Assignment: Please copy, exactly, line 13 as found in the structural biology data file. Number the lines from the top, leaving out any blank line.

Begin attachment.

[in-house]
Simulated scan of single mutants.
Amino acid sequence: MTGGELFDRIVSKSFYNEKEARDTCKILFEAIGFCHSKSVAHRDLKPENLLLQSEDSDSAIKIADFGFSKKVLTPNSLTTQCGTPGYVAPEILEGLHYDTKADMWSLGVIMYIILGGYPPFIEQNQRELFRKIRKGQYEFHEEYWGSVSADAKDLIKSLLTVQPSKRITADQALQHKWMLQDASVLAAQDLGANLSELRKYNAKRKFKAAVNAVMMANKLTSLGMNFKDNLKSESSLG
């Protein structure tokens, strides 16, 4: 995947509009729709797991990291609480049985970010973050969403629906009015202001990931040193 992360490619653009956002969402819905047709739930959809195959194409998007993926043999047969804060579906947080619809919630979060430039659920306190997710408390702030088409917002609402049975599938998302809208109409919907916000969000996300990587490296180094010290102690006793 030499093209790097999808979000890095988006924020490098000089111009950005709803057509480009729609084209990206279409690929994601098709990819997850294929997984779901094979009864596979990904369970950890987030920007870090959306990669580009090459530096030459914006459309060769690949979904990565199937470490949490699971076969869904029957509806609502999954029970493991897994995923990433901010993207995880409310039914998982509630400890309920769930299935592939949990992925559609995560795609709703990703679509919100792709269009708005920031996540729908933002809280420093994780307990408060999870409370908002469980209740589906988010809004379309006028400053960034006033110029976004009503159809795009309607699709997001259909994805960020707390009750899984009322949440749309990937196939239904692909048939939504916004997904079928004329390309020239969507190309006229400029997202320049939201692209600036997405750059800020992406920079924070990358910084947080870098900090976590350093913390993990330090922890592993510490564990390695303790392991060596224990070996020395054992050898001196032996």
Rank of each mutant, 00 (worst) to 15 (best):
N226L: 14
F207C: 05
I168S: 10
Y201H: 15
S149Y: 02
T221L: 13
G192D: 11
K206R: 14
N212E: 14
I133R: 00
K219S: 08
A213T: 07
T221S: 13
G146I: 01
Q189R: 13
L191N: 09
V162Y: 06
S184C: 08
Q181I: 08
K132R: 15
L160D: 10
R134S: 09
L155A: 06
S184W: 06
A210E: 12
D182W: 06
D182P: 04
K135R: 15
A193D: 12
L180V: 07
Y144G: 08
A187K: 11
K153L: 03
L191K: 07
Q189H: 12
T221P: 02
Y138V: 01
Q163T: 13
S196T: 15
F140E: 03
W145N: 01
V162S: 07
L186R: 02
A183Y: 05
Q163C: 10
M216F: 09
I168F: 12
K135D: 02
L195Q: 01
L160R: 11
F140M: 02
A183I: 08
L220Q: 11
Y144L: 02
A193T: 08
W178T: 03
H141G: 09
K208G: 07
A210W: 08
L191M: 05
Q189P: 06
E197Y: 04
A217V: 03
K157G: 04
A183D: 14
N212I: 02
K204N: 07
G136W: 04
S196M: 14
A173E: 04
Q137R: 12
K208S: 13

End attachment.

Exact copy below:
K206R: 14